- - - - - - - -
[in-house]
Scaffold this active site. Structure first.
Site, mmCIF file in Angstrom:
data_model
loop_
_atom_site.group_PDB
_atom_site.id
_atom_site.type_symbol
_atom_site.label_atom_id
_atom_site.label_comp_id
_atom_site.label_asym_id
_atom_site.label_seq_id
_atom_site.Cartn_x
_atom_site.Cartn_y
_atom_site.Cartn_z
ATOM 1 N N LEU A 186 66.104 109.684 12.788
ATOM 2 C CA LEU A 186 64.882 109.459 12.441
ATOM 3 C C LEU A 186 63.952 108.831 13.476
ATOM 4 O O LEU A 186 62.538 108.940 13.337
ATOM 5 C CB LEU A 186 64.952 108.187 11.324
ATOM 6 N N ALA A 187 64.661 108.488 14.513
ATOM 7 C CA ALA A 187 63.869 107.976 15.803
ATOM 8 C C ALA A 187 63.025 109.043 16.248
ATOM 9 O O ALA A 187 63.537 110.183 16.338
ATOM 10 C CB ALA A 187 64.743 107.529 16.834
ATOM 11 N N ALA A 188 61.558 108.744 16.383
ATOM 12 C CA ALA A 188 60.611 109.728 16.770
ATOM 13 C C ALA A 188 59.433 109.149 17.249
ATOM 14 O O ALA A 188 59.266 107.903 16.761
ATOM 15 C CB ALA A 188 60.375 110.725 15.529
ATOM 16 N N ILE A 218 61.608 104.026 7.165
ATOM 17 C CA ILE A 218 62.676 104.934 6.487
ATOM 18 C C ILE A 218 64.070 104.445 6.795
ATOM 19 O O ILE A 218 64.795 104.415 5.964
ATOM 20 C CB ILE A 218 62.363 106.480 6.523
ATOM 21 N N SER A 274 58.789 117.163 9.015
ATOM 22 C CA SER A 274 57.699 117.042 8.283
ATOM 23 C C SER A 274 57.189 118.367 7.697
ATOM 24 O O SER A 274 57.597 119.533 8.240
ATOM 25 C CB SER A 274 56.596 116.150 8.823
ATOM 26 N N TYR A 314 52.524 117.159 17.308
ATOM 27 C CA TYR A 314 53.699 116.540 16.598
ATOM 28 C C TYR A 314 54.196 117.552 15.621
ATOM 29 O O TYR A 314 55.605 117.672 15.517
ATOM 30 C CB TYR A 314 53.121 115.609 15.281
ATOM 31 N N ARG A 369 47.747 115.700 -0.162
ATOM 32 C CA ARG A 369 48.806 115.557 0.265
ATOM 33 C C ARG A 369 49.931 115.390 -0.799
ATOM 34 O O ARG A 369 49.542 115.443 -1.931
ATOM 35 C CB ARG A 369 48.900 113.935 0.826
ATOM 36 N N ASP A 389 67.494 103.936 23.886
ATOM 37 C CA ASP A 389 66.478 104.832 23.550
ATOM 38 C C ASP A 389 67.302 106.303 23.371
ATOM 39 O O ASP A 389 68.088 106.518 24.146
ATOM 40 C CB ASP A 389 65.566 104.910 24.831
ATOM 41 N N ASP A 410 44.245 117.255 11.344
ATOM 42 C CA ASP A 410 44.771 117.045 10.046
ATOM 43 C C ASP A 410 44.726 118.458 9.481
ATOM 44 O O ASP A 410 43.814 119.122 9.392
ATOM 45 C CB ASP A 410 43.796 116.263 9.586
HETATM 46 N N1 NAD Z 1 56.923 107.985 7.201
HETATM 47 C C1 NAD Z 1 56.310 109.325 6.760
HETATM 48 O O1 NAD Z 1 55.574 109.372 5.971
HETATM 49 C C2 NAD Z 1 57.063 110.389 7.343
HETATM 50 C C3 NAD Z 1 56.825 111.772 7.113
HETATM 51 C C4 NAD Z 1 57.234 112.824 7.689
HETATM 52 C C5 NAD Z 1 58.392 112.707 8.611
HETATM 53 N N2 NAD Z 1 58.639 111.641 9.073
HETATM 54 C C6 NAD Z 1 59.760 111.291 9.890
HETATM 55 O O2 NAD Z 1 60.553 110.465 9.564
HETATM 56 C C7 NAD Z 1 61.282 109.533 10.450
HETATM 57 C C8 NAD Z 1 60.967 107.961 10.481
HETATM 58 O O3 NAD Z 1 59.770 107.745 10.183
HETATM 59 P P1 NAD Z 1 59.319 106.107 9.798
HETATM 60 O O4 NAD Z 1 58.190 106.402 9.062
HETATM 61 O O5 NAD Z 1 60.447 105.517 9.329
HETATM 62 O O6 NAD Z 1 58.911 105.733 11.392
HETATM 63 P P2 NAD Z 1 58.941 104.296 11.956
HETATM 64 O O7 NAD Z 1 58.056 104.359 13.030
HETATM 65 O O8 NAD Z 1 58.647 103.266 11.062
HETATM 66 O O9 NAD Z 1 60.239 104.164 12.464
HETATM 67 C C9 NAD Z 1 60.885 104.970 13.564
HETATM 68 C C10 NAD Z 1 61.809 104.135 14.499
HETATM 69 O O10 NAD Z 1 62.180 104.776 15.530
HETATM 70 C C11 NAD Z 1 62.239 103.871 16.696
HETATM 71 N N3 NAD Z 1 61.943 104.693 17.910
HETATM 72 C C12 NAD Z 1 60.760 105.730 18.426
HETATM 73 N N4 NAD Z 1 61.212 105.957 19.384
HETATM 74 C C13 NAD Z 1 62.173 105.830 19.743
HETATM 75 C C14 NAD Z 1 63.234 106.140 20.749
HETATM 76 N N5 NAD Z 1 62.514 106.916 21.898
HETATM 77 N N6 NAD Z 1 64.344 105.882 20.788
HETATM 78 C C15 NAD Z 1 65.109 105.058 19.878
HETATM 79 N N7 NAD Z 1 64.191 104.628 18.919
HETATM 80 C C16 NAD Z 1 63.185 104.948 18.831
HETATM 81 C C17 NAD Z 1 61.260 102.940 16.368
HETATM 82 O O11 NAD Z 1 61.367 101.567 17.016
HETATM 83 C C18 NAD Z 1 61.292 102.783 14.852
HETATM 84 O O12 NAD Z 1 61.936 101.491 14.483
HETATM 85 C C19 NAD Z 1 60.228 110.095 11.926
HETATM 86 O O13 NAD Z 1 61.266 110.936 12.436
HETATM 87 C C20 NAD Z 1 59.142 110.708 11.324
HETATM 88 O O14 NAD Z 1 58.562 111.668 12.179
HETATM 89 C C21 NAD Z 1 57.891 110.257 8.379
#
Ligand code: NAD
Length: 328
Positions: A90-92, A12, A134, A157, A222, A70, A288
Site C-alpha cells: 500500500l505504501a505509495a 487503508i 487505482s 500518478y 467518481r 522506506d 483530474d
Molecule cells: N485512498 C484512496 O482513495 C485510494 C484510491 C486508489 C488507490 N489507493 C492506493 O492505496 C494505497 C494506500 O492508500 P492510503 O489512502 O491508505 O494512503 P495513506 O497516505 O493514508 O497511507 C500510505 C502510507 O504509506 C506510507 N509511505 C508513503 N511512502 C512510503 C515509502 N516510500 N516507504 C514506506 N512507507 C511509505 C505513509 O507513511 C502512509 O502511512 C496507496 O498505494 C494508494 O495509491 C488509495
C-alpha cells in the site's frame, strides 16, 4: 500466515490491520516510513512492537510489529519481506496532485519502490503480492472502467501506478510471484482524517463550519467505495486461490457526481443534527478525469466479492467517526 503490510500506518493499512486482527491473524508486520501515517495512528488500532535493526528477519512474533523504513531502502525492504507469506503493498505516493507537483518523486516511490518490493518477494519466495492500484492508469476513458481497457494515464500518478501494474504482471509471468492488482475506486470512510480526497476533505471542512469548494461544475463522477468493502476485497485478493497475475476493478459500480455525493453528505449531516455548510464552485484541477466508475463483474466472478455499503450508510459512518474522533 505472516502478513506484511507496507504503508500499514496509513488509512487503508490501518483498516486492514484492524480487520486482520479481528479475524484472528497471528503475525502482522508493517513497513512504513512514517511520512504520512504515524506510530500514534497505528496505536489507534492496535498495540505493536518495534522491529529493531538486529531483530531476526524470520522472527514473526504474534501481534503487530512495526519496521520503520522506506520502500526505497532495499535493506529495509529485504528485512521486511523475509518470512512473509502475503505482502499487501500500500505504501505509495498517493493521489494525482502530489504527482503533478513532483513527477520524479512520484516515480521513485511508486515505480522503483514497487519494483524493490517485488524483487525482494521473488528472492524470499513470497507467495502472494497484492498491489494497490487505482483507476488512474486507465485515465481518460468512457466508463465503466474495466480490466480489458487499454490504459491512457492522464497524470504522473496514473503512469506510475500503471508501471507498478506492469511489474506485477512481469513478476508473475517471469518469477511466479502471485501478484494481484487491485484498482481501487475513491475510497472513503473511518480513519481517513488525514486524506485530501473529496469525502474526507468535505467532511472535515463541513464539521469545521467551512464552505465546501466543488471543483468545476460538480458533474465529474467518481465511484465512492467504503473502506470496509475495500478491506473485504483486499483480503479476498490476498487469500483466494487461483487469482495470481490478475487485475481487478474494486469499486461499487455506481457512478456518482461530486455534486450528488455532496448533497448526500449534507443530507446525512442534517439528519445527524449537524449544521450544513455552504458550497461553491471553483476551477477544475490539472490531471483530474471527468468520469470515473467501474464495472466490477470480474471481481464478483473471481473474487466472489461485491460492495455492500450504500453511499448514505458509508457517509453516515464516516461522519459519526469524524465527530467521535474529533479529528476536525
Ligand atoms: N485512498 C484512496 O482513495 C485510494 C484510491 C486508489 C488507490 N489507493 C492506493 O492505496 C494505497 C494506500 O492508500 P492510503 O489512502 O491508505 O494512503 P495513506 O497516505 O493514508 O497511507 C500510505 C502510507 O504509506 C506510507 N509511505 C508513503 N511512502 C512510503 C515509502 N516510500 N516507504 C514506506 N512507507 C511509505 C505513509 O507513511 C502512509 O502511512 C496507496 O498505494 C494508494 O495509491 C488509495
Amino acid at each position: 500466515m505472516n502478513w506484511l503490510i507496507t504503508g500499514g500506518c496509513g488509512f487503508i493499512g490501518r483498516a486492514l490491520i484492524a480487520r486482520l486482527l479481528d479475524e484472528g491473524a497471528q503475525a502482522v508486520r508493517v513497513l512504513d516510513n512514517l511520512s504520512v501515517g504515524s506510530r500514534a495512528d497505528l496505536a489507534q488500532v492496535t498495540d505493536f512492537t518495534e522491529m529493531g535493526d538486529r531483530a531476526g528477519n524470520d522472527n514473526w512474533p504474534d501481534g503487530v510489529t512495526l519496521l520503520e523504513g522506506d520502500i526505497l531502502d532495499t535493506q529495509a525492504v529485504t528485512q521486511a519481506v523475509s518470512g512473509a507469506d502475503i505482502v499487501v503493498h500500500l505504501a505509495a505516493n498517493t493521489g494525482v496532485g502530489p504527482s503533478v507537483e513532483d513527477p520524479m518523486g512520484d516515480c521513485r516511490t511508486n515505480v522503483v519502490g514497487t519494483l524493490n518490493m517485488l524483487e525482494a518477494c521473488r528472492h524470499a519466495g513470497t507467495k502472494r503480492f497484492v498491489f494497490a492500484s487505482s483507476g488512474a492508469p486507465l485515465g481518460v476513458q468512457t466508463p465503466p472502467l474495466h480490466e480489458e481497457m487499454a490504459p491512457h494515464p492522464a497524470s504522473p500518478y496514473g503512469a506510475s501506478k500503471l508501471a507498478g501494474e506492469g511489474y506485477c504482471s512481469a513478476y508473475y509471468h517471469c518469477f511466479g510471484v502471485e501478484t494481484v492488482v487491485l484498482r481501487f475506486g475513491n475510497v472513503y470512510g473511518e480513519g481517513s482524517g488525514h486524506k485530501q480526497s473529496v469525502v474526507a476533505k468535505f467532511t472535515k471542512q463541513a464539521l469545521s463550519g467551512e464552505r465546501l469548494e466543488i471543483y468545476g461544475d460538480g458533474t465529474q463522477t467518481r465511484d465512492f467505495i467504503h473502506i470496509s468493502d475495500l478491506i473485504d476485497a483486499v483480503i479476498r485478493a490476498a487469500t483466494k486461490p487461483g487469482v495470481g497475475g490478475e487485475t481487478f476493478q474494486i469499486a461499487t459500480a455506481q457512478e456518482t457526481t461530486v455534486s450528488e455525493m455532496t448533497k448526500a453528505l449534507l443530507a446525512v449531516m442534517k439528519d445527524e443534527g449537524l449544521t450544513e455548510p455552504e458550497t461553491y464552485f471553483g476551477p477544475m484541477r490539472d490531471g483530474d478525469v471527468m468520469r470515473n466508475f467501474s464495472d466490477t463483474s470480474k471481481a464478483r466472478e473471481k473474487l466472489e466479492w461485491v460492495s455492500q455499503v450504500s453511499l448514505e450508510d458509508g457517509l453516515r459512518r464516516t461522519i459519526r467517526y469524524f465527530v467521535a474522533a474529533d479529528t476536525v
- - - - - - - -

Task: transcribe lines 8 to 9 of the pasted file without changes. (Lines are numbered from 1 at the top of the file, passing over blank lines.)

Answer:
_atom_site.type_symbol
_atom_site.label_atom_id